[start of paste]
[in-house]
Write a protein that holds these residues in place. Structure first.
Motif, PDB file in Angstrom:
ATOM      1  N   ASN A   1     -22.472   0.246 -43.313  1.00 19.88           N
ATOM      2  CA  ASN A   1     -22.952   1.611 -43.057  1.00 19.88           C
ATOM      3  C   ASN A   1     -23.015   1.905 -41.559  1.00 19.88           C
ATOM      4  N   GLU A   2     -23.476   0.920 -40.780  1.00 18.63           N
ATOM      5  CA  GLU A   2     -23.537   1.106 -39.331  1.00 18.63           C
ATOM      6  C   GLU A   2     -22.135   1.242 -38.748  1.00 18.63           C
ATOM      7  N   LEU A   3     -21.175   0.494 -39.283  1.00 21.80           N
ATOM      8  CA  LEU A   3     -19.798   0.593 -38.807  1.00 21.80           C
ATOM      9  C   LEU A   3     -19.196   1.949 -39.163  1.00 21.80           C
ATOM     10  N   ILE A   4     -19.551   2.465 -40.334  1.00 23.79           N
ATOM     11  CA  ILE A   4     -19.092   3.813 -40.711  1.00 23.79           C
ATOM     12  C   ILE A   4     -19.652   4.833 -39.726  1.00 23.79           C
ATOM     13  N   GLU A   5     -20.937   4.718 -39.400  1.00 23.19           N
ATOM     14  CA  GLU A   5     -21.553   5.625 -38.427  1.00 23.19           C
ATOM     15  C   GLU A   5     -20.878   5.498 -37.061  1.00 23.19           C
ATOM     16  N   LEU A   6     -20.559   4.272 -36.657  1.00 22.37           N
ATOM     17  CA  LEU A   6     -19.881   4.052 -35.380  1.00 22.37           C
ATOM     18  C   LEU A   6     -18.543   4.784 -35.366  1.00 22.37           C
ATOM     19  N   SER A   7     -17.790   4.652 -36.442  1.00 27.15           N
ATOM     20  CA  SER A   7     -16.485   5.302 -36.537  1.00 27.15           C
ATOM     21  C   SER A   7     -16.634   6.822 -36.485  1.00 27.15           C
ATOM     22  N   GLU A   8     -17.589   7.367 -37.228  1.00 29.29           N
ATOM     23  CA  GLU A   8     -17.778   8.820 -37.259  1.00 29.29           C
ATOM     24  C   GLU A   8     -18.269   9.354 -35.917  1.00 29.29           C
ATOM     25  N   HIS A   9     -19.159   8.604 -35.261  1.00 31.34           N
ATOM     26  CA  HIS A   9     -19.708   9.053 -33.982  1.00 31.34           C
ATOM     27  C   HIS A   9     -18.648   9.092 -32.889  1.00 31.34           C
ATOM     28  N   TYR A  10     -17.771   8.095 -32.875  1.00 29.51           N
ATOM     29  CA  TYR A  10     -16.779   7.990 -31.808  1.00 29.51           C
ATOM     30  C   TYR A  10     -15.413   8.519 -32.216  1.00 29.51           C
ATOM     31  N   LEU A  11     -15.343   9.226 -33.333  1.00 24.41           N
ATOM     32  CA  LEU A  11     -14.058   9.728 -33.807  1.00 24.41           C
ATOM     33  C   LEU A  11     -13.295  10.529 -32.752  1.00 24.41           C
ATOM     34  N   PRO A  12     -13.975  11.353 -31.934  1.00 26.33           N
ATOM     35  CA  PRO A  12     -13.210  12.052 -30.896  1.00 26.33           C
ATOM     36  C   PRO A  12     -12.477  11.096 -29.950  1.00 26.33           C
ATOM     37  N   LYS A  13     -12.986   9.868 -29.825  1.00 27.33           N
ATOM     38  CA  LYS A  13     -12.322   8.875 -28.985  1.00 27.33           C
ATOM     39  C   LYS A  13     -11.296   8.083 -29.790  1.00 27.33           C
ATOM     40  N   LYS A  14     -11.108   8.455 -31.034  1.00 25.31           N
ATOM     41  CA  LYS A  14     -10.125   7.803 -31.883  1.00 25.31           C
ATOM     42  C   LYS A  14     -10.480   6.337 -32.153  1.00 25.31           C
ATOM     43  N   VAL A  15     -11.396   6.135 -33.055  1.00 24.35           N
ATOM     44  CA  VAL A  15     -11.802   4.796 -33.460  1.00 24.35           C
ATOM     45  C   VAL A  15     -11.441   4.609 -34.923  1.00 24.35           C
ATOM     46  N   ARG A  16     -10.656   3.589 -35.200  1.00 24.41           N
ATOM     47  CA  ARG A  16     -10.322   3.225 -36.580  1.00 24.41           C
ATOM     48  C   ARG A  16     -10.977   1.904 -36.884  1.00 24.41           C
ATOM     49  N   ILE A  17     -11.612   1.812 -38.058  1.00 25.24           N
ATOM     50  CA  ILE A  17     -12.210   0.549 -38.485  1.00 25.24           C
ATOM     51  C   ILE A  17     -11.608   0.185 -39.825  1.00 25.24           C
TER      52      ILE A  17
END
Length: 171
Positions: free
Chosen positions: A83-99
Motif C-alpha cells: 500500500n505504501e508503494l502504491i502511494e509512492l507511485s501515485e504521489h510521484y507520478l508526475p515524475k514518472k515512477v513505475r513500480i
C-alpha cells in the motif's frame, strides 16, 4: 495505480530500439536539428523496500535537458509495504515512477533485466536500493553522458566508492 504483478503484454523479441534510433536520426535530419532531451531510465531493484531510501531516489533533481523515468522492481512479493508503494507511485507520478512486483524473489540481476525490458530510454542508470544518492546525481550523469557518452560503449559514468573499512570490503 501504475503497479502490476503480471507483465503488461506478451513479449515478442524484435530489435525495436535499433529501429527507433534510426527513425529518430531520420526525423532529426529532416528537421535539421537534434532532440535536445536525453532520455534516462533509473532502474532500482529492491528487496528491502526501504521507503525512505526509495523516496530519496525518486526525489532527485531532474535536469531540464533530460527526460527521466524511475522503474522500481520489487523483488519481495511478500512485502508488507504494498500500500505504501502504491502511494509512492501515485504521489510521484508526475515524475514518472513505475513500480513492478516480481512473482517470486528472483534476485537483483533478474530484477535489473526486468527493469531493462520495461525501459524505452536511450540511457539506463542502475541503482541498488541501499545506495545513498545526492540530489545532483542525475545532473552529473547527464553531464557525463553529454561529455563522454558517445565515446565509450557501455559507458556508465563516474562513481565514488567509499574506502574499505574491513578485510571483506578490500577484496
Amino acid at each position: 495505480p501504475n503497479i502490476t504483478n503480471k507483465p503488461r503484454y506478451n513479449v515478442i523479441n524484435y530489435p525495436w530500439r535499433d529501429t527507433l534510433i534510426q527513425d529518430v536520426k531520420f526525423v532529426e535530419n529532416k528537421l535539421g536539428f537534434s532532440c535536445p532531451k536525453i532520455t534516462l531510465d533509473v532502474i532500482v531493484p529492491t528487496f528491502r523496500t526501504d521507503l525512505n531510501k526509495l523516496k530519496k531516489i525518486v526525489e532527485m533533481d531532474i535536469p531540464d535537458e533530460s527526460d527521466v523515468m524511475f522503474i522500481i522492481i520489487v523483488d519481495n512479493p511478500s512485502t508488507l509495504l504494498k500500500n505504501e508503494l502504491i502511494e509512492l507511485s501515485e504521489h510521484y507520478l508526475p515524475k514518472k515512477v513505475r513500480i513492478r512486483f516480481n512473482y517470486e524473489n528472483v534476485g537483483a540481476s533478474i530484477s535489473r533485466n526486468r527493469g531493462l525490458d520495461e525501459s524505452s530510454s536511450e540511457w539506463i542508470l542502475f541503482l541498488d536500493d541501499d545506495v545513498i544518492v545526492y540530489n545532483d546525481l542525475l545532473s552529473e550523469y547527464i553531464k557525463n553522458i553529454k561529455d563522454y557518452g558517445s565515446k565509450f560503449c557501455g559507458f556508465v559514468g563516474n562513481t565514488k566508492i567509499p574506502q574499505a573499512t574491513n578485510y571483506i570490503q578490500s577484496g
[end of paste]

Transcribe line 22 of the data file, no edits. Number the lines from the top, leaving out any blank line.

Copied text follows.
ATOM     19  N   SER A   7     -17.790   4.652 -36.442  1.00 27.15           N